I will forever be grateful to her for the love and support she has given me over the years and still does. I hope that one day I will be able to let her know, just how much I appreciate her and everything she has done for me.
This post is getting long, so I will leave it there for now, but I will be back and will continue this post and share as much as I am able, my wish is that it will help somebody, somewhere know that they are not alone.
with love and light always x x
I was blessed to have my best friend to help me through some of my darkest days but I am aware that not everybody has that.
You can be sure that I will be back with another post and will pick up where I am leaving off.
I think it is important that people hear about experiences like their own.
Someone out there in the big wide world might need to hear about/read this and be told that they are not alone.
If you need to hear this, please bookmark and come back to read everything again, especially the below.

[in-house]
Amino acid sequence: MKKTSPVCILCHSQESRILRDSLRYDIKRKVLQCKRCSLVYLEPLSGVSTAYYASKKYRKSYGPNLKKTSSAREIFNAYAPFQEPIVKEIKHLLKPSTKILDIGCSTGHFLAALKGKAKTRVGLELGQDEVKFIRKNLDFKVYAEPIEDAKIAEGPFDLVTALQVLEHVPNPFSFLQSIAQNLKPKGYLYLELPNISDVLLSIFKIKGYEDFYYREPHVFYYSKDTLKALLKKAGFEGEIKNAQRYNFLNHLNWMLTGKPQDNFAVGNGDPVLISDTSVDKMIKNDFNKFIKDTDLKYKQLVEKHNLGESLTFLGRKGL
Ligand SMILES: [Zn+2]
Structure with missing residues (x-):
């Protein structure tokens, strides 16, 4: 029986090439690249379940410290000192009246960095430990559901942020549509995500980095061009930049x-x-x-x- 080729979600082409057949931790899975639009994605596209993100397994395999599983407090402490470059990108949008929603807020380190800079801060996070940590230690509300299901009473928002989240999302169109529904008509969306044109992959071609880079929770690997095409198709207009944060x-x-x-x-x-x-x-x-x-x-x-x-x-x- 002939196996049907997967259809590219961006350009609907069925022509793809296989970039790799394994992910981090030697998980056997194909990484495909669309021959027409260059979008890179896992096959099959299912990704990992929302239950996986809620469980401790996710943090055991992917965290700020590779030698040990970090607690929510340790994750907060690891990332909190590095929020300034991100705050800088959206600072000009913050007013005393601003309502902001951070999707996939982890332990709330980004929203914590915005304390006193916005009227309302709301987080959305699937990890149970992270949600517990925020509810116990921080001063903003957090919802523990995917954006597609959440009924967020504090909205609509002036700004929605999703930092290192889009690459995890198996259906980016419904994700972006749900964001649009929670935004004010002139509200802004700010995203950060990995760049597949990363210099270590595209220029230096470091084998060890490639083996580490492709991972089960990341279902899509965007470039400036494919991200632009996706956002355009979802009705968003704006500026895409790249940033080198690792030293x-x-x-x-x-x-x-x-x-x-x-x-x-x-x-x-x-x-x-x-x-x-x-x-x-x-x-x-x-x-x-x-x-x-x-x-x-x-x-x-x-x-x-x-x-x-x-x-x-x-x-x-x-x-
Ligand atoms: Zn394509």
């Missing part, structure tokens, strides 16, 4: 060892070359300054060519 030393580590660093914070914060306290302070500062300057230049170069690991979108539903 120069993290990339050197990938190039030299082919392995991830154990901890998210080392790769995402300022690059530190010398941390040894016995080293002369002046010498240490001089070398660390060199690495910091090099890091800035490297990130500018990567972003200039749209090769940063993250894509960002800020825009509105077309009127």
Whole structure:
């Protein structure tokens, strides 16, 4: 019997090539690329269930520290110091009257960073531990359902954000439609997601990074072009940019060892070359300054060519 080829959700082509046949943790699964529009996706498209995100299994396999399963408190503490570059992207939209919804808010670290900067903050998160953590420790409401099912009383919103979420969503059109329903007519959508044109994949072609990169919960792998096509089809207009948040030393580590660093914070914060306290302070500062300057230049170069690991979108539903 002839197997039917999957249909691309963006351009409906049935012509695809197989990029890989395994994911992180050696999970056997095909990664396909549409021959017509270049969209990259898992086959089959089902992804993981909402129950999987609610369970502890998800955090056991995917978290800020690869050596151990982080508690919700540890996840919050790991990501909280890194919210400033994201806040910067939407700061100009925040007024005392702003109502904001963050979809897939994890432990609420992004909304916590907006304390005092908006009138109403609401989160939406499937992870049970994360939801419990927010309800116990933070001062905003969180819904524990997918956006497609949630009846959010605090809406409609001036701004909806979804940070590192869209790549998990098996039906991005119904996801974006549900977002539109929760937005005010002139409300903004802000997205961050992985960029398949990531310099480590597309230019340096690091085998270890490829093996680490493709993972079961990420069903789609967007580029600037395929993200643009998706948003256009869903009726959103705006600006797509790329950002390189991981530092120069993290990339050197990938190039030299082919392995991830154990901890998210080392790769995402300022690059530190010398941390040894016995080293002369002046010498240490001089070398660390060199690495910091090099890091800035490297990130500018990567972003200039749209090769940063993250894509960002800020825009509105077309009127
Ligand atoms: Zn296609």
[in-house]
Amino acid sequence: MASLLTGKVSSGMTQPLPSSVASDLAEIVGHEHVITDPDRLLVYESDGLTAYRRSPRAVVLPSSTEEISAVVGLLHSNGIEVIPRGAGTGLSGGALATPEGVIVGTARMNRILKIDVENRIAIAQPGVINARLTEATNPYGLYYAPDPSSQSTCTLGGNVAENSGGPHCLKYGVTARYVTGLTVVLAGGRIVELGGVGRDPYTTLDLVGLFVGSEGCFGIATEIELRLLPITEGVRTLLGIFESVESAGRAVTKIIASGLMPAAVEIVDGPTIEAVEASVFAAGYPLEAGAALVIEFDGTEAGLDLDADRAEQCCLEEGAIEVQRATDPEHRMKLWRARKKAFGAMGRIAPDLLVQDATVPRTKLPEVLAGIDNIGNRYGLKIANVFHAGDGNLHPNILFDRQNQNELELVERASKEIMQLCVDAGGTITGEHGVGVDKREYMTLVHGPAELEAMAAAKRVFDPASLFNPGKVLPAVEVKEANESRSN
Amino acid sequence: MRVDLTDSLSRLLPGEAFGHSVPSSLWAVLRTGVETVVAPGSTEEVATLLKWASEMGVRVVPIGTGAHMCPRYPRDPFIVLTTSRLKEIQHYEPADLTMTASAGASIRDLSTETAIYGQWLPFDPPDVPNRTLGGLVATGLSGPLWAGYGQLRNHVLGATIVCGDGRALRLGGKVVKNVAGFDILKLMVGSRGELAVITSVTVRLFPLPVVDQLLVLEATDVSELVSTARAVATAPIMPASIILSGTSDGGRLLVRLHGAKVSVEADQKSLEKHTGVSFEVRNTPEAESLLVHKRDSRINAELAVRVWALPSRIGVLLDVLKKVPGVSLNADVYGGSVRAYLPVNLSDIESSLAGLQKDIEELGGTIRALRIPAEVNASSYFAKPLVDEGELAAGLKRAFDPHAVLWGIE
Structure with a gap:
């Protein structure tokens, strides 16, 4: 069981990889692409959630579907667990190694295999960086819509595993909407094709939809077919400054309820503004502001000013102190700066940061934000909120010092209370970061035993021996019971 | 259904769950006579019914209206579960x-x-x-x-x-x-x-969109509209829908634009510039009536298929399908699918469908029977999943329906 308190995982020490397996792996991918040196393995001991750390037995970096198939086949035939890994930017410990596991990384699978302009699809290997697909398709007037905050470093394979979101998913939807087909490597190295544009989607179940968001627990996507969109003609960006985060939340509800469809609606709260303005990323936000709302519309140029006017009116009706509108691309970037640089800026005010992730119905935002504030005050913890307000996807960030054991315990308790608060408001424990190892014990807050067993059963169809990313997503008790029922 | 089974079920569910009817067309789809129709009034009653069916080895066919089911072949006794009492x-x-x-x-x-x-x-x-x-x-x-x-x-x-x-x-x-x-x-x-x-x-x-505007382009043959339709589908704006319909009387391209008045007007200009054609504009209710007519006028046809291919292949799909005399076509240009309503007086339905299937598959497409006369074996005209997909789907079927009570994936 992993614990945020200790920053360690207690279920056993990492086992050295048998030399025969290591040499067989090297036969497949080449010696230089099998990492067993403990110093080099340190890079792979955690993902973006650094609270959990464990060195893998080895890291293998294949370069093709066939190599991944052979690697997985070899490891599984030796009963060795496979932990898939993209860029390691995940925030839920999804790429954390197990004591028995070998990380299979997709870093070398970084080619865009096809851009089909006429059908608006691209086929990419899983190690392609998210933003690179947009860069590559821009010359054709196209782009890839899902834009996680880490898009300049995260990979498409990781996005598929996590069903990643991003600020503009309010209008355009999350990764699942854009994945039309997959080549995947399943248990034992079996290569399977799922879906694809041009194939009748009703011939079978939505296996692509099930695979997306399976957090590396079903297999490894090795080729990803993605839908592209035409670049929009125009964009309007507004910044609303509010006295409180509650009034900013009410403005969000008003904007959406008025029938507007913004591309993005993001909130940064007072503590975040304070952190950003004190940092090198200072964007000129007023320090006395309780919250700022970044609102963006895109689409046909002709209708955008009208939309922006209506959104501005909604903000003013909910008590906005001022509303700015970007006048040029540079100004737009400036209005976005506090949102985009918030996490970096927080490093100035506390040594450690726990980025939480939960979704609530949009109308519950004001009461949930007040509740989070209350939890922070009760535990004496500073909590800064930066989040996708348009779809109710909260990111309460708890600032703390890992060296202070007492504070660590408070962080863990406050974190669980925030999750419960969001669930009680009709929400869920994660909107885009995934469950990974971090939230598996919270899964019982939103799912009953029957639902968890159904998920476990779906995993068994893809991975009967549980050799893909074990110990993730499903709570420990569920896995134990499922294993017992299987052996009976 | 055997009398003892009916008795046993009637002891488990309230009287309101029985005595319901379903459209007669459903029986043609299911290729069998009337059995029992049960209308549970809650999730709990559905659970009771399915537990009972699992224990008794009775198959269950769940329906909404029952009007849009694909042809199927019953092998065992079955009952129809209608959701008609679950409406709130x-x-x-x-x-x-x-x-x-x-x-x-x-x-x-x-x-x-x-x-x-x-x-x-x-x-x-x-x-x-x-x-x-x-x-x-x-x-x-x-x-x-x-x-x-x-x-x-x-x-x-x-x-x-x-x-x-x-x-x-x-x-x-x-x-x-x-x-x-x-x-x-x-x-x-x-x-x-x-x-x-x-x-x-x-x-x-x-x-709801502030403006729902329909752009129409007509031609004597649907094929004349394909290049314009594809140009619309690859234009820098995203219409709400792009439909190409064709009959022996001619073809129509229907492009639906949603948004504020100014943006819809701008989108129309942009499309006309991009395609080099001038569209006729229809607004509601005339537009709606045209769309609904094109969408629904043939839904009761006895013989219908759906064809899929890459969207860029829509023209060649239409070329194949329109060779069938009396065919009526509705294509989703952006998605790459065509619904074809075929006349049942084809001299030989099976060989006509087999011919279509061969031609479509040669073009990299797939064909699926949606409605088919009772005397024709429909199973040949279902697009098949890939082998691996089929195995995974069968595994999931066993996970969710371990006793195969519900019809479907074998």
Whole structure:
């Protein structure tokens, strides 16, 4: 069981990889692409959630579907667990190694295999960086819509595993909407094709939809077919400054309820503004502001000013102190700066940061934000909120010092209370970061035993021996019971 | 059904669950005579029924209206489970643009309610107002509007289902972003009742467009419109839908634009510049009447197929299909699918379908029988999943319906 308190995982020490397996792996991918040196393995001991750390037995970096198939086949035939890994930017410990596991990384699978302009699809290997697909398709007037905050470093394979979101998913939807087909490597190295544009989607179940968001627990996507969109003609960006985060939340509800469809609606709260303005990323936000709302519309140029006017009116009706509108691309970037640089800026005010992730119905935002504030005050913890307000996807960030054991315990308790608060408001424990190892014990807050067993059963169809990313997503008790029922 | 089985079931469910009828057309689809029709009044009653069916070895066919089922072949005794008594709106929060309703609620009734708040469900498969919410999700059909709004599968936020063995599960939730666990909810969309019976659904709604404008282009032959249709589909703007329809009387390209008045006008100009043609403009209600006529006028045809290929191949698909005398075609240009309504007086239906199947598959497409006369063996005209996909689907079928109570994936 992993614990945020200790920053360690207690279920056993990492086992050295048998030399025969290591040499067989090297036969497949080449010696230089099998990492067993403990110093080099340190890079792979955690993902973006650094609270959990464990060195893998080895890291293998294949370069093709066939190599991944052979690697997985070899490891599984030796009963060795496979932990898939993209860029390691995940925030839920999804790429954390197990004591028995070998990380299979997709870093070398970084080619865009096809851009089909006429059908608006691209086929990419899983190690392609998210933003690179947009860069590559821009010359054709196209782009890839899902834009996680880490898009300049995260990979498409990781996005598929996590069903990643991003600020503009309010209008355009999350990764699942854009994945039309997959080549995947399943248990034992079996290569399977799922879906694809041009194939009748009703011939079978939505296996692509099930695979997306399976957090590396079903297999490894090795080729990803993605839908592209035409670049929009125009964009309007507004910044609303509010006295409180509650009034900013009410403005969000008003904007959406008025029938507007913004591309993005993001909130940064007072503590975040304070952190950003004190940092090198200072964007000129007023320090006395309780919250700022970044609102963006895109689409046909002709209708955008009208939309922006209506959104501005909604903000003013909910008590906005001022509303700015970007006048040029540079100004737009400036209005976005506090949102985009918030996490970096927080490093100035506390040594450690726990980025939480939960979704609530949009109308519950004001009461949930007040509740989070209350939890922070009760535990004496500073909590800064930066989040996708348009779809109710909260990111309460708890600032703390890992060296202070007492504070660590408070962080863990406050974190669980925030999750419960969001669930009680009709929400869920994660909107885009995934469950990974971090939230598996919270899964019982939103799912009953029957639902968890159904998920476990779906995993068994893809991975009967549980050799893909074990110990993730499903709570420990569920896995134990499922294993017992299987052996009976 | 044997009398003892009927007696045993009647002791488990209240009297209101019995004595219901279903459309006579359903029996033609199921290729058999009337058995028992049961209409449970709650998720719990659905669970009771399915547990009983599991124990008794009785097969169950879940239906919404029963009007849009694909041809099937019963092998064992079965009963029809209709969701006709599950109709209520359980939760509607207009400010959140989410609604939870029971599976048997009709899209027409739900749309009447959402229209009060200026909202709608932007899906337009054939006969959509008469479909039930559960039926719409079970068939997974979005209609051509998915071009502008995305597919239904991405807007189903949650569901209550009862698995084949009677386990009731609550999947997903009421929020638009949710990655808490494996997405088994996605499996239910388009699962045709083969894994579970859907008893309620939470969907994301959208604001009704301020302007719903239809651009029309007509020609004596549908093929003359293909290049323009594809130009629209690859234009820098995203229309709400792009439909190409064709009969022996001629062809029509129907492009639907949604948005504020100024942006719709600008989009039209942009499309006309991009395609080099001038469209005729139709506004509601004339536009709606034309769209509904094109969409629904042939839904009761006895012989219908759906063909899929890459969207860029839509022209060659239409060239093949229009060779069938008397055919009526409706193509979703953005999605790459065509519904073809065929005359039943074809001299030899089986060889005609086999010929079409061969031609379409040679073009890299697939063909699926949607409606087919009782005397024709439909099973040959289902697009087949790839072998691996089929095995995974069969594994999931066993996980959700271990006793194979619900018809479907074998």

It can get better. It will not always be this hard and this dark. Find somebody, anybody who you are comfortable with and say to them ‘I don’t feel good and need someone to talk to’.
Start slow, just a sentence, share just one thought at a time.
You can do it; you can feel better than you do right now.
It takes time.
It will hurt and it will be hard; there might be many tears, but you will get through.
If you feel that you do not have anybody to talk to, send me a message or reply to this blog post with your email address. I am always here and willing to lend a shoulder/ear/time.
YOU are important, YOU are special and you are wanted.
Lifeline Australia- 13 11 14
Lifeline NZ- 0800 543 354 (0800 LIFELINE)
Lifeline NZ- Free text 4357 (HELP).